“Frontex between Greece and Turkey: The Border of Denial” - The deployment of Frontex is impairing the right of asylum

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At the Greek-Turkish border, the European Agency for controlling the external borders, Frontex, is taking part in a process that prevents refugees from benefitting from international protection. The latest report of the FRONTEXIT Campaign, “Frontex between Greece and Turkey: The Border of Denial”, underlines the dramatic consequences of the intensification of surveillance at that border (push-backs, lack of access to the asylum procedure, physical and verbal violence, etc.), and also the Agency’s lack of accountability.



On the basis of dozens of testimonies and numerous exchanges with Frontex, the report documents the serious Human Rights violations committed in this centre of gravity of the Agency’s operations. The Council of Europe, the European Union’s Agency for Fundamental Rights and the United Nations Special Rapporteur on the Human Rights of Migrants, as well as numerous civil society organisations have recently expressed their deep concern regarding the violations committed at that border.



For while the Agency and the European Union take pride in the increasing number of interceptions in the Aegean sea during recent months, the official statistics say nothing of the policy’s deadly consequences: Since September 2012 our organisations have listed 18 shipwrecks, at least 191 deaths and over 30 missing. The majority of the victims are Syrian, Afghan, and Eritrean refugees, including many families and children. If their embarkations had succeeded in reaching the shores of the European Union they would certainly have been granted asylum.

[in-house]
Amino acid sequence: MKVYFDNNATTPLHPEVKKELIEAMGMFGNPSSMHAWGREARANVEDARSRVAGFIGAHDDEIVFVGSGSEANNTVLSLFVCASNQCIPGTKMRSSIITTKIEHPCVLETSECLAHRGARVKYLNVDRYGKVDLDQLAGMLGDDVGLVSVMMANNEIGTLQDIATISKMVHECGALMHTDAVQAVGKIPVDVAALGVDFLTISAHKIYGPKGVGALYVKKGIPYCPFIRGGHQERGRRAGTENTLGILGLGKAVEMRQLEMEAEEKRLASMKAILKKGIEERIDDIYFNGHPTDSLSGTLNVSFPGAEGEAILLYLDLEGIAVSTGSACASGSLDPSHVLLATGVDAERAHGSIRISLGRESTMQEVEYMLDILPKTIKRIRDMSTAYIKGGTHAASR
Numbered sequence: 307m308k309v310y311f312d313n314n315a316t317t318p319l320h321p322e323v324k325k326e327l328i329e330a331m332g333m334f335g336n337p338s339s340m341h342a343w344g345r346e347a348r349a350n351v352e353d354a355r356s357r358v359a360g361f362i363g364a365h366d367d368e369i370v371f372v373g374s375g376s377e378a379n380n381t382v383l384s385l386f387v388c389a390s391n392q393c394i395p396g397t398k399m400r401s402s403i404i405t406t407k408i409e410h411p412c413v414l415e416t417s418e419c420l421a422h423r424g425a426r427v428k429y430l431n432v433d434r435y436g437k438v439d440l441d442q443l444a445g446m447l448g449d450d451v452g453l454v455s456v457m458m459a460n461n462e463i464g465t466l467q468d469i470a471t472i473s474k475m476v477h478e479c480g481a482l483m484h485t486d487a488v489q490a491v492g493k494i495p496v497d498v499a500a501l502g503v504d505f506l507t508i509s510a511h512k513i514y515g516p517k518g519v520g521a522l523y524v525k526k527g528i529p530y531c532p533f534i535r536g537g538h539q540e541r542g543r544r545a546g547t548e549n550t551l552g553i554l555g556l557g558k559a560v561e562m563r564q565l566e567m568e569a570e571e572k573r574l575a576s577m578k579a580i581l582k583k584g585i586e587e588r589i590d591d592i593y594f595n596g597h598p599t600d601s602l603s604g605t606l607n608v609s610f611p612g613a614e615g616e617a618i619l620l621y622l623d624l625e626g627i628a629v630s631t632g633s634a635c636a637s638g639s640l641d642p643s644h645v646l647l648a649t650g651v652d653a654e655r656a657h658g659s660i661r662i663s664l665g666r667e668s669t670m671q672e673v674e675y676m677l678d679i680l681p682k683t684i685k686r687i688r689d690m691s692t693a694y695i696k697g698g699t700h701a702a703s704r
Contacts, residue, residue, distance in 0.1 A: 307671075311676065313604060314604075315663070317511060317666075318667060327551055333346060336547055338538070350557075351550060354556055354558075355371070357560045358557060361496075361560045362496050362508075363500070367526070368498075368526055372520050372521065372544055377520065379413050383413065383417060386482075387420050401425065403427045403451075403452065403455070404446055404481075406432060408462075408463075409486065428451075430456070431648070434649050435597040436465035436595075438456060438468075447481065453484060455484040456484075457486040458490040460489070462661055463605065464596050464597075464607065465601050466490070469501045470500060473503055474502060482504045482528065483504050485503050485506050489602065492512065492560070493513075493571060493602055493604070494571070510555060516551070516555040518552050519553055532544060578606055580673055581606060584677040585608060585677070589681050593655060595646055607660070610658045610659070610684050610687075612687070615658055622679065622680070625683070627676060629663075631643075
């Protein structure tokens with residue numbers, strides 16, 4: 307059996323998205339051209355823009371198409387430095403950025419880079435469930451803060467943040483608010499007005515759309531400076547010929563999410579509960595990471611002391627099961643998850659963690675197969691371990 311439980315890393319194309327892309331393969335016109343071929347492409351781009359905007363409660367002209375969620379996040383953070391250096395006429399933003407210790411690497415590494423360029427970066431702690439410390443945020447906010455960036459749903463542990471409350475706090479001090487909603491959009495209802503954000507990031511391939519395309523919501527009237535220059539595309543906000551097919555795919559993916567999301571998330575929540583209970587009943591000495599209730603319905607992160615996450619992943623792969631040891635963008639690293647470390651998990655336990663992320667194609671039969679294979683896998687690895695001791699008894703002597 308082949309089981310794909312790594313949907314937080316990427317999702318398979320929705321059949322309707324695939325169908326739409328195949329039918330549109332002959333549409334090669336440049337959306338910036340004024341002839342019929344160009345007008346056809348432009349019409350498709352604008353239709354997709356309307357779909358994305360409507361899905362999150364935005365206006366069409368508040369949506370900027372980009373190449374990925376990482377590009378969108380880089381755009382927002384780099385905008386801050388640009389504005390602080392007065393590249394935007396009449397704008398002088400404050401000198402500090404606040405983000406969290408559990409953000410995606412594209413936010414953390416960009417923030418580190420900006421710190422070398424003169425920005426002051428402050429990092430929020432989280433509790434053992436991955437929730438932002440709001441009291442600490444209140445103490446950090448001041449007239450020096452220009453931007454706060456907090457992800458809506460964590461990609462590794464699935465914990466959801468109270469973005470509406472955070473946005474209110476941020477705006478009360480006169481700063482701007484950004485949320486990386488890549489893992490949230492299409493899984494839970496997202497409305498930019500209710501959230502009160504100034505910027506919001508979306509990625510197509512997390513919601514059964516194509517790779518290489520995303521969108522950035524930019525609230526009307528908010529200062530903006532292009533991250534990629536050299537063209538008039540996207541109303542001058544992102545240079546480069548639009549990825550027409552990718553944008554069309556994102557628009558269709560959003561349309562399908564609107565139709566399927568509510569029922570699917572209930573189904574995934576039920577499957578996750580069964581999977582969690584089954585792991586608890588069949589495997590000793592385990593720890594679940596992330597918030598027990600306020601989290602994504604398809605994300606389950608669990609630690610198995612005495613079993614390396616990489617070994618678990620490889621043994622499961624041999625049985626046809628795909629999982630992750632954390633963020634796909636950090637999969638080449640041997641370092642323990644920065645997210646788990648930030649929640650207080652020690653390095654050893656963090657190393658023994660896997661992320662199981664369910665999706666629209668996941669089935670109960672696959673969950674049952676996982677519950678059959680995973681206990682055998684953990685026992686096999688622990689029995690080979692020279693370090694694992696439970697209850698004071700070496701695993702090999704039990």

Many testimonies have confirmed the practice of collective expulsions (push-backs): Migrants’ boats are intercepted and towed to Turkey by the Greek coastguards, often with violence and without the refugees having been identified, which is contrary to international law. The report also gives instances of ‘deterrent’ practices aimed at forcing back the migrants’ embarkations.



Instead of taking measures to receive the refugees, the European Union, through Frontex, has persisted in an intolerable policy of closure, aiming at preventing at all costs the refugees from reaching the European coasts said Karim Lahidji, FIDH president.



According to a document received by our organisations from the Agency, Frontex had been informed of 27 reports of collective expulsions, and of problems of access to the asylum procedure, acts of violence, and inhuman and degrading treatment. Despite such violations, the Agency continues to provide logistic support for the operations (vessels, aircraft, thermal cameras, coastguard training, identification of migrants’ nationalities).



By continuing such activities on this border, although it knew of the proven and repeated violations, the Agency is in fact an accomplice declared Olivier Clochard, Migreurop president.



Lastly, the report highlights the lack of transparency, in particular the lack of access to the complete operational plans (the legal basis for the Agency’s operations), and the difficulty of making Frontex accountable for the implementation of the actions it coordinates. Frontex has also rejected a recommendation of the European mediator calling for the setting up of a mechanism for complaints against the Agency and its agents.



This response confirms the Agency’s unwillingness to be held accountable as coordinator of the operations deployed at the European Union’s external borders

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